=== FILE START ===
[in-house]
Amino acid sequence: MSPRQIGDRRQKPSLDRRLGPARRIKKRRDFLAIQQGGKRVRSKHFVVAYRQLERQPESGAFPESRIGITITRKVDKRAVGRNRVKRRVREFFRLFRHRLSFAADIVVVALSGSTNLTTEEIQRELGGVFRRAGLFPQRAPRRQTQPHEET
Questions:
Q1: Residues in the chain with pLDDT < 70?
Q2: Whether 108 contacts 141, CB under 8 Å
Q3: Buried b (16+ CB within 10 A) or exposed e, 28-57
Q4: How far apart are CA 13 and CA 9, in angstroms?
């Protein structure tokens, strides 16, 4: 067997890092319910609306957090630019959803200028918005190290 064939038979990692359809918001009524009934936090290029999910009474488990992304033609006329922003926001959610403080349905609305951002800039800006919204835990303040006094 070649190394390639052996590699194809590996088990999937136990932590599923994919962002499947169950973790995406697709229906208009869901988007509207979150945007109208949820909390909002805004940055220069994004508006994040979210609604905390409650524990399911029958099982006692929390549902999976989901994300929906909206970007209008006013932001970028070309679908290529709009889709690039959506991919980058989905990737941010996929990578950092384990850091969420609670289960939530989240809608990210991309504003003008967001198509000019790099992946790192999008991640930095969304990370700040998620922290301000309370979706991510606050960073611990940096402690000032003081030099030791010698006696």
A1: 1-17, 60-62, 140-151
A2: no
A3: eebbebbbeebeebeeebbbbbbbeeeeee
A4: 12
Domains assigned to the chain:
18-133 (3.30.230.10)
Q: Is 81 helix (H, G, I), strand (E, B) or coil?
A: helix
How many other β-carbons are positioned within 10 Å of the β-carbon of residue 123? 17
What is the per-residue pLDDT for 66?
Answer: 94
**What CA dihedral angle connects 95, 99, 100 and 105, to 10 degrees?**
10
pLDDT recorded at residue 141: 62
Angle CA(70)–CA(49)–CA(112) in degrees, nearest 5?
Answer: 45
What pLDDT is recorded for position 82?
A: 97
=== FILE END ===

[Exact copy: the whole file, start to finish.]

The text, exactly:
[in-house]
Amino acid sequence: MSPRQIGDRRQKPSLDRRLGPARRIKKRRDFLAIQQGGKRVRSKHFVVAYRQLERQPESGAFPESRIGITITRKVDKRAVGRNRVKRRVREFFRLFRHRLSFAADIVVVALSGSTNLTTEEIQRELGGVFRRAGLFPQRAPRRQTQPHEET
Questions:
Q1: Residues in the chain with pLDDT < 70?
Q2: Whether 108 contacts 141, CB under 8 Å
Q3: Buried b (16+ CB within 10 A) or exposed e, 28-57
Q4: How far apart are CA 13 and CA 9, in angstroms?
């Protein structure tokens, strides 16, 4: 067997890092319910609306957090630019959803200028918005190290 064939038979990692359809918001009524009934936090290029999910009474488990992304033609006329922003926001959610403080349905609305951002800039800006919204835990303040006094 070649190394390639052996590699194809590996088990999937136990932590599923994919962002499947169950973790995406697709229906208009869901988007509207979150945007109208949820909390909002805004940055220069994004508006994040979210609604905390409650524990399911029958099982006692929390549902999976989901994300929906909206970007209008006013932001970028070309679908290529709009889709690039959506991919980058989905990737941010996929990578950092384990850091969420609670289960939530989240809608990210991309504003003008967001198509000019790099992946790192999008991640930095969304990370700040998620922290301000309370979706991510606050960073611990940096402690000032003081030099030791010698006696």
A1: 1-17, 60-62, 140-151
A2: no
A3: eebbebbbeebeebeeebbbbbbbeeeeee
A4: 12
Domains assigned to the chain:
18-133 (3.30.230.10)
Q: Is 81 helix (H, G, I), strand (E, B) or coil?
A: helix
How many other β-carbons are positioned within 10 Å of the β-carbon of residue 123? 17
What is the per-residue pLDDT for 66?
Answer: 94
**What CA dihedral angle connects 95, 99, 100 and 105, to 10 degrees?**
10
pLDDT recorded at residue 141: 62
Angle CA(70)–CA(49)–CA(112) in degrees, nearest 5?
Answer: 45
What pLDDT is recorded for position 82?
A: 97